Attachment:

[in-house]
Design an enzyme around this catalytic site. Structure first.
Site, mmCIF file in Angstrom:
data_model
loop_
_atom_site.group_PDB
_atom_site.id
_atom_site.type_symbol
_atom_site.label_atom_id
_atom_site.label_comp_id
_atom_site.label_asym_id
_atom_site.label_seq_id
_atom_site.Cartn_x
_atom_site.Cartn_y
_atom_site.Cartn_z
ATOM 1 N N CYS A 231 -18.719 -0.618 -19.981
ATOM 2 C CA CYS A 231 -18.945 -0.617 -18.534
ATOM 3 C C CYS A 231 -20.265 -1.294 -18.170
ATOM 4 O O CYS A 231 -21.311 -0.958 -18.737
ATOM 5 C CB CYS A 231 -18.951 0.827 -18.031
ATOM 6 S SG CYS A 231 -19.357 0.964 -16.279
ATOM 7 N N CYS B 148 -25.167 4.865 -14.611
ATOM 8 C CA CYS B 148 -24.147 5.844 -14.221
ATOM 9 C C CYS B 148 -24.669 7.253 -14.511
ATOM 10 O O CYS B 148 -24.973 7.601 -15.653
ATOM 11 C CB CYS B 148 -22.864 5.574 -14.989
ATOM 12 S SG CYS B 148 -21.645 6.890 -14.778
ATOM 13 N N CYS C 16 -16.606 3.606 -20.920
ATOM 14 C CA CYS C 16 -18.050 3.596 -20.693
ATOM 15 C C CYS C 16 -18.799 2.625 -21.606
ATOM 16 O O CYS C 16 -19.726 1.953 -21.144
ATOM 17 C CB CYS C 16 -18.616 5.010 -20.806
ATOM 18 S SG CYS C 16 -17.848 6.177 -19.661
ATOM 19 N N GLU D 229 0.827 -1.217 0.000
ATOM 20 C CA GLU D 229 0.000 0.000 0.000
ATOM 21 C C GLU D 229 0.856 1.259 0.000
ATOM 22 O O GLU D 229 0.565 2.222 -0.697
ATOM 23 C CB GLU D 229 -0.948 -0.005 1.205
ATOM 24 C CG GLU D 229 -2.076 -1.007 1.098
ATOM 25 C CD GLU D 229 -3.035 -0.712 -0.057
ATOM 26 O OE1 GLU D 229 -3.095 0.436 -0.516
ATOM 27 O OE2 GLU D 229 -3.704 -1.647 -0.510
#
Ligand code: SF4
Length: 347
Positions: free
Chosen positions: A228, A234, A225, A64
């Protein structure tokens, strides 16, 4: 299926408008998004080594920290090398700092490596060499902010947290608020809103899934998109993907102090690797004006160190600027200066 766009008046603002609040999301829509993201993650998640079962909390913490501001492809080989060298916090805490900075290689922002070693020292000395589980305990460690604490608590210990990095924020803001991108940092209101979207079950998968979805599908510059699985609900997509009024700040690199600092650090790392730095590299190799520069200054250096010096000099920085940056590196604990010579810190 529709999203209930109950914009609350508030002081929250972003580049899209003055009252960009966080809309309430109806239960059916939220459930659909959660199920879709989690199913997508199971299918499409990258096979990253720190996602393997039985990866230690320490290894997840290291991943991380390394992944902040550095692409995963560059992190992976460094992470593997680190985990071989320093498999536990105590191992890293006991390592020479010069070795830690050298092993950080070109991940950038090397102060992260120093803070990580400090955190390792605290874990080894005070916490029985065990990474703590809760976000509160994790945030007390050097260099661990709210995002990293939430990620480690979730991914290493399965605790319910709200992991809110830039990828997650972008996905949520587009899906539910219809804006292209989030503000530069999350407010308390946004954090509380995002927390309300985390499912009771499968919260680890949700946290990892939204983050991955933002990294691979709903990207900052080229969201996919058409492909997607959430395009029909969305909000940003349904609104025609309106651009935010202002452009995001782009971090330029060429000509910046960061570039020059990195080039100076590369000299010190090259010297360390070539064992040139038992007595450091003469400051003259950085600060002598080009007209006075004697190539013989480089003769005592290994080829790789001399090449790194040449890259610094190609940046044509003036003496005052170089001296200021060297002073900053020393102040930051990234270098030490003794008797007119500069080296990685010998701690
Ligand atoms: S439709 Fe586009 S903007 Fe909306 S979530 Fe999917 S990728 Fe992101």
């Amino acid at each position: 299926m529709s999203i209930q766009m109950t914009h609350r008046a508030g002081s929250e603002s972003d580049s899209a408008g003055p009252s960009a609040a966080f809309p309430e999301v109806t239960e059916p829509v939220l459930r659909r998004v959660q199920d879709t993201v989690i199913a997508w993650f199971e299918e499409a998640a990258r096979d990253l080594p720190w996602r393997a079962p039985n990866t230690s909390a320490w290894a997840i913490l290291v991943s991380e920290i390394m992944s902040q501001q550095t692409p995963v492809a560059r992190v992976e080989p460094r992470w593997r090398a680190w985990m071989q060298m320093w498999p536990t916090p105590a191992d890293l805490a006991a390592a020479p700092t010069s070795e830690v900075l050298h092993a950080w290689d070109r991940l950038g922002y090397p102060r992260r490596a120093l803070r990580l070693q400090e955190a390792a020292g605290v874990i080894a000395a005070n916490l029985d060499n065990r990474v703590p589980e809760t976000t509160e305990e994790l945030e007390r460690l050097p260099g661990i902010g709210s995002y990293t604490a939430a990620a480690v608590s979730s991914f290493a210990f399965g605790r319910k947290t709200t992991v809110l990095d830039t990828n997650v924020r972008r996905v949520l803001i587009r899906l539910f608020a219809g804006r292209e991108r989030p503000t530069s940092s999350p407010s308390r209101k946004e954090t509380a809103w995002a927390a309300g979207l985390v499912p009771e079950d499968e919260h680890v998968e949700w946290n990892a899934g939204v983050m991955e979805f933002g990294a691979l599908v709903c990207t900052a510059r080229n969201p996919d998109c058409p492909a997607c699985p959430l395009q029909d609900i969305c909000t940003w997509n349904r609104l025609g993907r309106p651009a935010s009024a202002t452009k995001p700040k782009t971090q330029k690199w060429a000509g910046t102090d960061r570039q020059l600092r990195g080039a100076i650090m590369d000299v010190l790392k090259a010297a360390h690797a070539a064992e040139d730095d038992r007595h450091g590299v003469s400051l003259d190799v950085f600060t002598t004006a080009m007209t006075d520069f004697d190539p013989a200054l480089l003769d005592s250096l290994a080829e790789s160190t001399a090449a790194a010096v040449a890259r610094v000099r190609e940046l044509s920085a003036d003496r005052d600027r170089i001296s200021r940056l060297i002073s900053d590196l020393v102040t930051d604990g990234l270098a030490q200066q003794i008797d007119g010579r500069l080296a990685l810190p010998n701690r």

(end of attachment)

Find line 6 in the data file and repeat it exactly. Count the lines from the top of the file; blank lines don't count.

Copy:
_atom_site.group_PDB